Ms. Jenifer Fenton
Moderator for the keynote address by Dr. Fayyad
Ms. Jenifer Fenton is the Poynter (Journalism) Fellow-in-Residence at Yale. She studies truth, media and refugee narratives. Prior to Yale, she worked for UNHCR as a senior press adviser covering information, reporting, advocacy and inter-agency UN coordination. She also worked for OCHA in the occupied Palestinian territory. For 15 years, Ms. Fenton worked in the television news industry in the US, the UK and the Middle East. She has held a variety of senior positions for CNN and Al Jazeera, most recently as an executive producer. Her writings and work have appeared in the Financial Times, the New York Times, The Arabist and elsewhere. She has won several awards including a Gracie, the National Association of Black Journalist Excellence Award and two Peabody Awards.
Professor Eda Pepi
Moderator for Panel 1: Women's Rights – Beyond the Stereotyped Arab Woman
Eda Pepi is Assistant Professor of Women’s, Gender, and Sexuality Studies and core faculty in Modern Middle East Studies at Yale University, where she works at the intersections of feminist studies, political anthropology, and the anthropology of kinship. She also holds a secondary appointment in Anthropology. Her research and publications focus broadly on the cultural and historical processes through which gender, ethnicity, citizenship, sovereignty, and the state have been forged in the Middle East and North Africa. Professor Pepi is at work on her first book, Marital States: Ethnicity and Gendered Citizenship in Jordan, which explores how states manage political and economic problems, like refugees and statelessness, through families. This project examines ethnographically how Jordan polices its borders by regulating the marital and reproductive lives of Jordanian women, showing that our understandings of national and geopolitical formations cannot stand separate from analyses of gender and kinship.
Professor Emma Sky
Moderator for Panel 2: America’s Role in the Middle East
Professor Emma Sky is Director of Yale World Fellows and a Senior Fellow at Yale University’s Jackson Institute, where she teaches Middle East politics and Global Affairs. She is the author of the highly acclaimed The Unraveling: High Hopes and Missed Opportunities in Iraq. Professor Sky served as advisor to the Commanding General of US Forces in Iraq from 2007-2010; as advisor to the Commander of NATO’s International Security Assistance Force in Afghanistan in 2006; as advisor to the US Security Co-ordinator for the Middle East Peace Process in 2005; and as Governorate Co-ordinator of Kirkuk for the Coalition Provisional Authority, 2003-2004. Prior to that, Professor Sky worked in the Palestinian territories for a decade, managing projects to develop Palestinian institutions; and to promote co-existence between Israelis and Palestinians.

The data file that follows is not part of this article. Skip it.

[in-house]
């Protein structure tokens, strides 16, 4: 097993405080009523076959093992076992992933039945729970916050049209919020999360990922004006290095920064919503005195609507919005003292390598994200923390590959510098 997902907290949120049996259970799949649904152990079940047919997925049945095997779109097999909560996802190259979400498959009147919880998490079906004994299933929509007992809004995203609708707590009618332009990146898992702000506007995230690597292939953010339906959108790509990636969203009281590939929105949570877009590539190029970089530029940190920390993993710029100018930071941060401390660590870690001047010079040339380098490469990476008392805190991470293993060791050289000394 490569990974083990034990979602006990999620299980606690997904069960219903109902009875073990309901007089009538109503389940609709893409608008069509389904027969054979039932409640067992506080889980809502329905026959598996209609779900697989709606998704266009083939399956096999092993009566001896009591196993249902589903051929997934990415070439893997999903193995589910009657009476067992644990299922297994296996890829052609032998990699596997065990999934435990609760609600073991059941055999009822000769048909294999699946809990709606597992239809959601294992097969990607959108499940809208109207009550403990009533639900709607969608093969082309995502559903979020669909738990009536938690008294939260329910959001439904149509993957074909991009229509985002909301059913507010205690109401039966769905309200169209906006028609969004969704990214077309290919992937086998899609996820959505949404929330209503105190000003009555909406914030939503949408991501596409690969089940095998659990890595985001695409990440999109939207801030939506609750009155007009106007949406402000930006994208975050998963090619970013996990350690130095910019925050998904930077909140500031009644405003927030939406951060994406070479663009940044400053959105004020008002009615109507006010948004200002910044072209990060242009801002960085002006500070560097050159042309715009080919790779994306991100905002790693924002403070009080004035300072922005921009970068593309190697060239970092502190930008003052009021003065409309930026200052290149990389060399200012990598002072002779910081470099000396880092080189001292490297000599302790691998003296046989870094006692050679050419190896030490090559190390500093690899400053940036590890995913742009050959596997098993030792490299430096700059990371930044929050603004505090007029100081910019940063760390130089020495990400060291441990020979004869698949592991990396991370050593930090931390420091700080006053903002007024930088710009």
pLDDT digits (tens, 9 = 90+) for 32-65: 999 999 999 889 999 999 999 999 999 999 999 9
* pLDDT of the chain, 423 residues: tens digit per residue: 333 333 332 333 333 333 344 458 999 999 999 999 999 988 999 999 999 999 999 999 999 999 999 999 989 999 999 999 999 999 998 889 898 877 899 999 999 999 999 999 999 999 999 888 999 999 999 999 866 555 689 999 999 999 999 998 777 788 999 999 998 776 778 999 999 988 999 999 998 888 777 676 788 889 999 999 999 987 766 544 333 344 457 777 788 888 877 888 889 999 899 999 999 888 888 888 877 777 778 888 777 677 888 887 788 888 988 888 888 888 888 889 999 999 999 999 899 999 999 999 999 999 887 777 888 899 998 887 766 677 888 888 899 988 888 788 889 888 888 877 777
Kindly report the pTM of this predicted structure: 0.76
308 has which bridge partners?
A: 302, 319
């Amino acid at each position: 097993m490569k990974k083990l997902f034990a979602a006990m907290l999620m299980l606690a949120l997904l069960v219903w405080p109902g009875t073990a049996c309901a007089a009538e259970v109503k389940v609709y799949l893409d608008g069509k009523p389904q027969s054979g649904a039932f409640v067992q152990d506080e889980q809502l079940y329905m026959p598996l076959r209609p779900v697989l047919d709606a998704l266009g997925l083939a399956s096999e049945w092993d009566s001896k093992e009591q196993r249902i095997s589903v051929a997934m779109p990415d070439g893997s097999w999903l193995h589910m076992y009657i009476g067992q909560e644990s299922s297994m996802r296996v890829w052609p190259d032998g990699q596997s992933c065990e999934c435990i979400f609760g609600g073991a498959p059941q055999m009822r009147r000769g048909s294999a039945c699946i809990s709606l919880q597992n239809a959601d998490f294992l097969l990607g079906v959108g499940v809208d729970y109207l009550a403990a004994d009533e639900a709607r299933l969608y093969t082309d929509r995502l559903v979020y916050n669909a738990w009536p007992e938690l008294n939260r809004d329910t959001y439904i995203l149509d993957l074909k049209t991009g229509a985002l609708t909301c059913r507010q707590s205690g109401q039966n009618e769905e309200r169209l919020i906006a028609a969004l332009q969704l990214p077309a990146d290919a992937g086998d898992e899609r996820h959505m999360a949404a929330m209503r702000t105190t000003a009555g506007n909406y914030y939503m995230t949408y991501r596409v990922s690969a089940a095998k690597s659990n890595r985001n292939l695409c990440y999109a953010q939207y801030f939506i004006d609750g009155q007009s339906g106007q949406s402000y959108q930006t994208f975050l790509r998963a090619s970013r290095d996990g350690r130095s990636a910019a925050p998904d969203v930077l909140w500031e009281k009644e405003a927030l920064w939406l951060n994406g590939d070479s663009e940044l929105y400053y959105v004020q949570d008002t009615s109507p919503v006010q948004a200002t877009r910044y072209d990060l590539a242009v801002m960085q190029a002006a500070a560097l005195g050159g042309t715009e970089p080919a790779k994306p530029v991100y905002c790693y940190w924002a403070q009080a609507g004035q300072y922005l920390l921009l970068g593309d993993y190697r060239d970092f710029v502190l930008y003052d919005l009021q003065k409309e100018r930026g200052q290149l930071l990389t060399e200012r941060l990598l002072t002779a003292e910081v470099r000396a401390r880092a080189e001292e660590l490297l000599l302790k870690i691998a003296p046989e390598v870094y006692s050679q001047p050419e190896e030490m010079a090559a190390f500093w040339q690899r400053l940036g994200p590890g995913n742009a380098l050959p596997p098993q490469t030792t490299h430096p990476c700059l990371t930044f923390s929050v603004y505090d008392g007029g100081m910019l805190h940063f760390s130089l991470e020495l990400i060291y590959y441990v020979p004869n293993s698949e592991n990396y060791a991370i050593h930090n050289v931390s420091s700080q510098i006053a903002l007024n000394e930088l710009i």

Professor Catherine Panter-Brick
Moderator for Panel 3: Refugees – Paths for Engagement
Professor Catherine Panter-Brick, MA, MSc, D.Phil, is a medical anthropologist, trained in human biology and the social sciences. She directs the Program on Conflict, Resilience, and Health at the MacMillan Center for International and Area Studies, and the Anthropology Program on Stress and Family Resilience. She is also the Senior Editor of the journal Social Science & Medicine. Her current research focuses on youth in global adversity, addressing issues in contexts of poverty, disease, famine, armed conflict, and social marginalization. She has directed over 40 research and evaluation projects in countries around the world. For her work in humanitarian and conflict areas such as Niger and Afghanistan, Professor Panter-Brick was awarded the Lucy Mair Medal by the Council of the Royal Anthropology Institute of Great Britain and Ireland. She has also been appointed a Senior Research Fellow in the Crisis Prevention & Post-Conflict Unit of Agence Française de Développement (AFD) and a Research Associate of the Centre National de la Recherche Scientifique (CNRS). She has published extensively on hope, trauma, and mental health in Afghanistan, decision-making and survival in Niger, public health interventions in Nepal, the UK and the Gambia, and markers of stress in contexts of violence and homelessness. She leads the Early Childhood Peacebuilding Consortium with other faculty at Yale and the United Nations.